In Cambodia, TrialWatch is monitoring the misuse of Cambodia’s law criminalizing ‘incitement to disrupt social order,’ which is the government’s tool of choice to try to silence anyone critical of Prime Minister Hun Sen—even to the extent of prosecuting an autistic child for criticisms on Telegram. CFJ’s partner the American Bar Association Center for Human Rights has monitored four trials under this law, and CFJ has partnered with Debevoise & Plimpton to take one of the cases to the UN Working Group on Arbitrary Detention, where we have requested not only individual relief but also that the Working Group engage Cambodia to review the ‘incitement’ law to advance systemic reform.
But this is not the only tool being used to silence journalists. The ABA Center for Human Rights has also monitored the case of two Radio Free Asia journalists charged with espionage as part of TrialWatch. In that case, TrialWatch Expert Professor Göran Sluiter urged reform of the prosecution services to ensure that journalists are not prosecuted just for doing their job.
Theary Seng, a Cambodian-American human rights lawyers, was convicted to ‘incitement’ and ‘conspiracy to commit treason,’ and sentenced to six years in prison as part of a mass trial of individuals allegedly affiliated with the opposition.
A report by our TrialWatch Initiative, gave the proceedings an F grade, finding that the trial was “a travesty of justice.” CFJ’s partner, the American Bar Association Center for Human Rights, monitored Ms. Seng’s case on behalf of TrialWatch. Ms. Seng’s appeal against her conviction is pending.
Kak Sovannchhay, an autistic teenager and the son of two opposition politicians, was prosecuted for ‘incitement’ and ‘insult’ for sending messages on Telegram critical of Prime Minister Hun Sen after people in the messaging group called him “the son of a traitor.” He was forced to explain his own autism diagnosis in court, without the benefit of medical testimony, convicted, and sentenced to eight months’ imprisonment (albeit with part of the sentence suspended). As TrialWatch Expert Alex Conte explained, this is “a trauma that cannot be undone.”A TrialWatch report found he was “stripped … of the protections to which he was entitled as a child with disabilities.”
Journalist Ros Sokhet was prosecuted, convicted, and given an eighteen-month prison sentence for Facebook posts critical of Hun Sen and his family, for instance suggesting that Hun Sen had encouraged banks to confiscate the property of individuals who could not pay back their loans. As in Kong Raiya’s case, the report on the trial found that the prosecution offered no evidence that Mr. Sokhet had intended to incite disorder, as required by Cambodian law, nor was there any evidence of ‘incitement,’ other than the testimony of a single police officer, who had not even read all of Mr. Sokhet’s posts and admitted that the police department had not received any complaints about the posts. This case was likewise assigned a grade of ‘D.’ A decision on the lawfulness of Mr. Sokhet’s detention is expected soon from the UN Working Group on Arbitrary Detention.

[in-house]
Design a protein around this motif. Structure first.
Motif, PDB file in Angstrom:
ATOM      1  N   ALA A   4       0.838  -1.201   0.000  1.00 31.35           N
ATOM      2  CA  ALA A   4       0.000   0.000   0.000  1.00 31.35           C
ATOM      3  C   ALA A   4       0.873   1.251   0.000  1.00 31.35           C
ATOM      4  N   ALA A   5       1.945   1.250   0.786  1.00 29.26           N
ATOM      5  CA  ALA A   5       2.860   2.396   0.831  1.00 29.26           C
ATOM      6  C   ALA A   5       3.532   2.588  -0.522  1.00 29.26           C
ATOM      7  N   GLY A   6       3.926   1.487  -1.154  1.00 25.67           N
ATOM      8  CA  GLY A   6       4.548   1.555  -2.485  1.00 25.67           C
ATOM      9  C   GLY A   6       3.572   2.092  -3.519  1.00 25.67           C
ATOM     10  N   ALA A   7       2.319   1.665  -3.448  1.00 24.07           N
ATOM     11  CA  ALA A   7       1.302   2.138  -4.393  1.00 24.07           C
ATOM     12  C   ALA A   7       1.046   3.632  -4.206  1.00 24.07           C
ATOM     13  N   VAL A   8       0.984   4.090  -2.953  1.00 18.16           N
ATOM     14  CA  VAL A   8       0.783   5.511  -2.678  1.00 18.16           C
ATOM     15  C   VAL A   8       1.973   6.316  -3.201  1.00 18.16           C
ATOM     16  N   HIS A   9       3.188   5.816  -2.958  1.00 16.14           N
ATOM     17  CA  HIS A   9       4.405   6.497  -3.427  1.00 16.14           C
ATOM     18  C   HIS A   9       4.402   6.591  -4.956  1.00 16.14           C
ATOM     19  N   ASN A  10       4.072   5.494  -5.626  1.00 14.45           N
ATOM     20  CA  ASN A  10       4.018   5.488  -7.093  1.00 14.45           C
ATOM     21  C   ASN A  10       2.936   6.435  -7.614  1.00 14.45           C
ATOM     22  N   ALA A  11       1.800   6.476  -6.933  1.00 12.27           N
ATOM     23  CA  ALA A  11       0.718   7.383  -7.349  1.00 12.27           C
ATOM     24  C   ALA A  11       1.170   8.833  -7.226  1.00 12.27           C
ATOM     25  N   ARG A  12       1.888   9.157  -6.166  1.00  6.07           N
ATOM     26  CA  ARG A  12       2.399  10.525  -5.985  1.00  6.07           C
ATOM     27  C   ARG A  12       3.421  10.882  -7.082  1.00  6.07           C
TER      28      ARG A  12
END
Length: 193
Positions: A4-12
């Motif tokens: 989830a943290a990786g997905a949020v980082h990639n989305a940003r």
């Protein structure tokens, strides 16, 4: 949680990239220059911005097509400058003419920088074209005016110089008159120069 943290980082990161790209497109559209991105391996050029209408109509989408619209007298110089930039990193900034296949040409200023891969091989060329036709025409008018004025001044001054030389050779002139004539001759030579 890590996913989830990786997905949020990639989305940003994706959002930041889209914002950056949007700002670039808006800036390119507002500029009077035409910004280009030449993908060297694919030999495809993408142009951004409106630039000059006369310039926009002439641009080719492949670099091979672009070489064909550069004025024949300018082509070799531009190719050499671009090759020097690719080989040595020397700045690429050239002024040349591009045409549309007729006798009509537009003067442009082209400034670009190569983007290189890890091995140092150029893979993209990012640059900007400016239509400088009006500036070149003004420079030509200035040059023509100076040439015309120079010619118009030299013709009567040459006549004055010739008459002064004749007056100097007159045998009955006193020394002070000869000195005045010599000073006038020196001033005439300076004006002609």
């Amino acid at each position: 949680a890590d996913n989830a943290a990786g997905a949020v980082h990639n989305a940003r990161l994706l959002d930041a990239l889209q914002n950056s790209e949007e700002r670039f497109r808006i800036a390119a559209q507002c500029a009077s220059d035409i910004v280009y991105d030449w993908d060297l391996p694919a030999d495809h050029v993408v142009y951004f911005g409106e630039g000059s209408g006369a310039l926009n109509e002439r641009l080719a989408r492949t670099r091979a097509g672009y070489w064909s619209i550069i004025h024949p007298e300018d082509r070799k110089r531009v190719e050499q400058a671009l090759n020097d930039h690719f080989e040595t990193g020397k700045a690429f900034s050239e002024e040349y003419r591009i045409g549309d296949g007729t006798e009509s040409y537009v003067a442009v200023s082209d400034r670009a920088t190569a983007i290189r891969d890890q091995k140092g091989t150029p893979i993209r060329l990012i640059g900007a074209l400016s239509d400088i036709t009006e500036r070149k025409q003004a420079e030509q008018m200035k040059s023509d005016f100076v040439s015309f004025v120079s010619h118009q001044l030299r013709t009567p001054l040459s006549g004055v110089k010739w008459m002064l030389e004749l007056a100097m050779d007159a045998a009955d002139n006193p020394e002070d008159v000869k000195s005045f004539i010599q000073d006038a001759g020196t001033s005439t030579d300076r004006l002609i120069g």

An activist with the banned Cambodia National Rescue Party was prosecuted and convicted of ‘incitement’ for social media posts advertising t-shirts that bore the image of a slain activist—whose death local and international organizations have said was not adequately investigated by the Cambodian authorities. Kong Raiya was given a two-year suspended sentence following a trial that not only violated his right to freedom of expression, but also his right to be presumed innocent, and which was given a grade of ‘D.’ The report on the case concludes that “this trial should never have happened.”
Two former Radio Free Asia journalists were charged with espionage, an offense carrying a potential fifteen-year prison sentence, for continuing to share publicly-available information about local events with RFA after RFA was forced to close its office in Phnom Penh under pressure from the Cambodian government. While the case has not yet concluded—as after trial, the court ordered re-investigation of issues the prosecution had known about from the start—the report on the trial found numerous fair trial violations, including the “court permit[ing] a junior police officer to repeatedly whisper to a senior police officer testifying for the prosecution.” It concluded that there “was no evidence that the defendants, both journalists, were doing anything other than their work, as protected by international human rights law.”
Cambodian-American lawyer Theary Seng was sentenced to six years in prison after a severely flawed trial during which the prosecution failed to present evidence of criminal conduct but instead focused on Facebook posts that expressed support for an opposition leader.See the Fairness Report
The criminal prosecution and conviction of Kak Sovannchhay, the autistic child of two opposition activists, violated a range of rights that Cambodia is obligated to protect under both domestic and international lawSee the Fairness Report
Kong Raiya was prosecuted and convicted for “incitement to disrupt social order.” The case against him stemmed from Facebook posts in which he advertised the sale of t-shirts commemorating a slain critic of the Cambodian government.See the Fairness Report
In late 2020, the ABA Center for Human Rights monitored the criminal trial of journalist Ros Sokhet in Cambodia as part of the CFJ's TrialWatch initiative. Mr. Sokhet was criminally prosecuted, convicted, and sentenced for non-violent political speech, violating his right to freedom of expression.See the Fairness Report